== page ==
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Vernard Crockett v. Harrington

United States District Court, N.D. Illinois, Eastern Division

June 5, 2014

VERNARD CROCKETT (R55945), Petitioner,
v.
RICK HARRINGTON, Warden, Menard Correctional Center, Respondent.

MEMORANDUM OPINION AND ORDER

AMY J. ST. EVE, District Judge.

Before the Court is pro se Petitioner Vernard Crockett's petition for a writ of habeas corpus pursuant to 28 U.S.C. § 2254(d). For the following reasons, the Court denies Crockett's habeas petition and declines to certify any issues for appeal pursuant to 28 U.S.C. § 2253(c)(2).

BACKGROUND

Crockett does not present clear and convincing evidence challenging the statement of facts in the last state court decisions addressing his arguments on the merits, and thus the Court presumes those facts are correct for purposes of its habeas review. See 28 U.S.C. § 2254(e)(1); Ford v. Wilson, 747 F.3d 944, 947 (7th Cir. 2014). The Court therefore adopts the underlying facts as set forth by the Illinois Appellate Court, First District, in People v. Crockett, No. 1-10-3685 (1st Dist. Sept. 28, 2012) (unpublished), and People v. Crockett, No. 1-10-3685 (1st Dist. July 17, 2009) (unpublished).

I. Factual Background

On January 20, 2004, Jazmine Robinson's mother found her shot to death in their basement. On January 22, 2004, an anonymous caller notified police about the Robinson murder after which the police interviewed Ronald Lamar leading to first-degree murder charges against Crockett and Lamar. The evidence at Crockett's September 2006 jury trial established that Crockett and Lamar were involved in the shooting death of Robinson, who was Crockett's girlfriend. Lamar pleaded guilty, but refused to testify against Crockett at the September 2006 jury trial.

Prior to his jury trial, Crockett offered two inconsistent alibis to police. Thereafter, Crockett provided three substantially consistent police statements in which he admitted to arranging the robbery of Robinson because Lamar wanted to "hit a lick, " namely, rob someone. In his statements, Crockett said he was aware that Lamar carried a handgun and believed that Robinson would not release the $650 that he knew she had unless they threatened her with a weapon. Further, Crockett offered to set up the robbery - they would go to Robinson's home to look at results of her pregnancy test. According to Crockett's statements, Lamar and he had agreed upon a signal to begin the armed robbery. More specifically, they would proceed to Robinson's basement and Crockett would wink at Lamar.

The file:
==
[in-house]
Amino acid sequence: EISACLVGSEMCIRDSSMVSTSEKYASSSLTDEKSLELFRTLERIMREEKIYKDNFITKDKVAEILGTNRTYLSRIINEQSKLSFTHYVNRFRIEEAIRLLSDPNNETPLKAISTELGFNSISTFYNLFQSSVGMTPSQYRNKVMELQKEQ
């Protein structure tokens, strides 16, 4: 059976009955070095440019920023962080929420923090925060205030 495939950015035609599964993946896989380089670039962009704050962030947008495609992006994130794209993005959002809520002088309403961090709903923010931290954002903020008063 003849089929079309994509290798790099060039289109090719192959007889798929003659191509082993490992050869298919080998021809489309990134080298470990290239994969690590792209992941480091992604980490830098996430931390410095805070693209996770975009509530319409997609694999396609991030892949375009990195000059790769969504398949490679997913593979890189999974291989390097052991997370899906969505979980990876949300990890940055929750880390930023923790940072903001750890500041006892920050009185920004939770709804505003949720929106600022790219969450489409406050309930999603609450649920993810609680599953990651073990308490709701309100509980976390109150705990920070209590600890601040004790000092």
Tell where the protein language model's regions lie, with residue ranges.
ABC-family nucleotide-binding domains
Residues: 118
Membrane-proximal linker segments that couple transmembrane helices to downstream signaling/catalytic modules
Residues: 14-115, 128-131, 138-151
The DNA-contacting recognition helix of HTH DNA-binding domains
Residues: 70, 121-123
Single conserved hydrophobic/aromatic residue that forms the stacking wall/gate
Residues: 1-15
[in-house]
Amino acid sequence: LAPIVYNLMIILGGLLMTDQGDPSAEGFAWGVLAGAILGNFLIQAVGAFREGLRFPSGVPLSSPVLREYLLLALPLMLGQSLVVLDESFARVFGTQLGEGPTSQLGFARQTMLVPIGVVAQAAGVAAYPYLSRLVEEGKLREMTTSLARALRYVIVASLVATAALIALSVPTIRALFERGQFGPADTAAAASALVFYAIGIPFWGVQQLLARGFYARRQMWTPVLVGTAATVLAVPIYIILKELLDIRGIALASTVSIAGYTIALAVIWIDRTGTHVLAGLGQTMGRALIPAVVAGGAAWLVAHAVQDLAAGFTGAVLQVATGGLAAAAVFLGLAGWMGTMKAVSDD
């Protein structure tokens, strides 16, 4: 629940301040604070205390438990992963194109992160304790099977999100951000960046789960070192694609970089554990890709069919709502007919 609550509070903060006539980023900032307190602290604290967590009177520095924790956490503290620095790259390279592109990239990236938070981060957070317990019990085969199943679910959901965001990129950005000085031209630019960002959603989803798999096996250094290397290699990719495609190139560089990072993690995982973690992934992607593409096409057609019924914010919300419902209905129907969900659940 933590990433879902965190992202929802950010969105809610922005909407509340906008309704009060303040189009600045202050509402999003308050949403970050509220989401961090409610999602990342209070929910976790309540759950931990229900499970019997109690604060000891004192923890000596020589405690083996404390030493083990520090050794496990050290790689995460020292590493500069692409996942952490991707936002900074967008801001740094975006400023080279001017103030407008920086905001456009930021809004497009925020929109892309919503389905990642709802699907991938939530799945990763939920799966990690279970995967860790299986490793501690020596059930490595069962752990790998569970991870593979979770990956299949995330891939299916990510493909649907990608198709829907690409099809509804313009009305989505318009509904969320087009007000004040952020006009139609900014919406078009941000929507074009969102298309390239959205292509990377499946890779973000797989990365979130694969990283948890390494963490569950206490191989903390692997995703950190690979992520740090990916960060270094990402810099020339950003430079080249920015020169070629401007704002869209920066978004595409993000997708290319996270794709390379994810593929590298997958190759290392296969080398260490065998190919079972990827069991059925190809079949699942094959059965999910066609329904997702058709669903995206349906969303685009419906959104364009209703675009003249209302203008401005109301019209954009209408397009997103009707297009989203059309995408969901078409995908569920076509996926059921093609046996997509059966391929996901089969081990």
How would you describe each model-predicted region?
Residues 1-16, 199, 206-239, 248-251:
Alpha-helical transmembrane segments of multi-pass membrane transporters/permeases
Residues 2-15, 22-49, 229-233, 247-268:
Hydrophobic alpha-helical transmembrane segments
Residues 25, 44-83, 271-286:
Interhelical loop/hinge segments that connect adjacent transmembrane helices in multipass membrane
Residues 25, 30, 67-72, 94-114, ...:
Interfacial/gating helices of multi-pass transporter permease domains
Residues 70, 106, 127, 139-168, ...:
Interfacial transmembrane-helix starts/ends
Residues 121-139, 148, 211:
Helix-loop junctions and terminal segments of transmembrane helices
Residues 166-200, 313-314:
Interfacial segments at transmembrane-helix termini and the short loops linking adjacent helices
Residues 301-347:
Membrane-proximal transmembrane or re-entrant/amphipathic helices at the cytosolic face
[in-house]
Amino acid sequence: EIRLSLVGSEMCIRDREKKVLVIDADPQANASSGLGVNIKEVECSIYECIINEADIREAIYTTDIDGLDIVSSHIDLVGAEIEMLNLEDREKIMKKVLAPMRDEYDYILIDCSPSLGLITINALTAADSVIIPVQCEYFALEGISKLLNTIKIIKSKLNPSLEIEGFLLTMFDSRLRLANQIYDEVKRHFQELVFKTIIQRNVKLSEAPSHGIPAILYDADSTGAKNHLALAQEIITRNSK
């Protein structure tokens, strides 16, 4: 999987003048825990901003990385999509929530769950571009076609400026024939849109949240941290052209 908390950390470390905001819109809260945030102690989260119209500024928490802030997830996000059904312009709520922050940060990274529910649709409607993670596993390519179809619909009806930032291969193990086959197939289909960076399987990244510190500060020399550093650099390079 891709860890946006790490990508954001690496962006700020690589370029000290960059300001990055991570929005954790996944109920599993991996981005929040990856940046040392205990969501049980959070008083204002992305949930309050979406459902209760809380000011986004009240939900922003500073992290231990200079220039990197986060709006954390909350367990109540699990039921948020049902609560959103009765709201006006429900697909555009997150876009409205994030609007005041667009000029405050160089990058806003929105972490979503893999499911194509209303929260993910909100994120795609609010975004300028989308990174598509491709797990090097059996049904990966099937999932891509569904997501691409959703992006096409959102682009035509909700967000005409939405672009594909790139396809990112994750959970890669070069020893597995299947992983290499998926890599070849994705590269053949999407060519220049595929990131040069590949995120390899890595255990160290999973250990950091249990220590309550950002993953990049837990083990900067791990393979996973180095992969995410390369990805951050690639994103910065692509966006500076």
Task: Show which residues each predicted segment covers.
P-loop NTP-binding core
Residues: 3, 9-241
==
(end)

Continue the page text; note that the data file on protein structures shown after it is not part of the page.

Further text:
In one of his statements, Crockett said he told Lamar to bring the gun as a threat, but not to use it to hurt Robinson. Crockett further stated that he examined Lamar's gun, a black.380 semi-automatic, on the Sunday prior to the arranged robbery. In addition, Crockett stated that he accompanied Lamar to Lamar's house to pick up the gun, after which they proceeded to Robinson's home on Tuesday, January 20, 2004.

While at Robinson's home, Crockett requested something to drink and Robinson poured him a glass of Bacardi. When the group went into the basement, Crockett put the glass on a freezer and asked Robinson to retrieve a compact disk. Robinson complied and, upon her return, she turned music, "up real loud." Crockett then gave Lamar the signal to begin the robbery. Lamar asked Robinson where the money was, after which Robinson turned toward Crockett and looked at him. Lamar continued to demand money and then shot Robinson in the back. At that point, Crockett fled from Robinson's home. While fleeing, Crockett heard three or four more shots. Crockett, however, did not report the shooting to the police.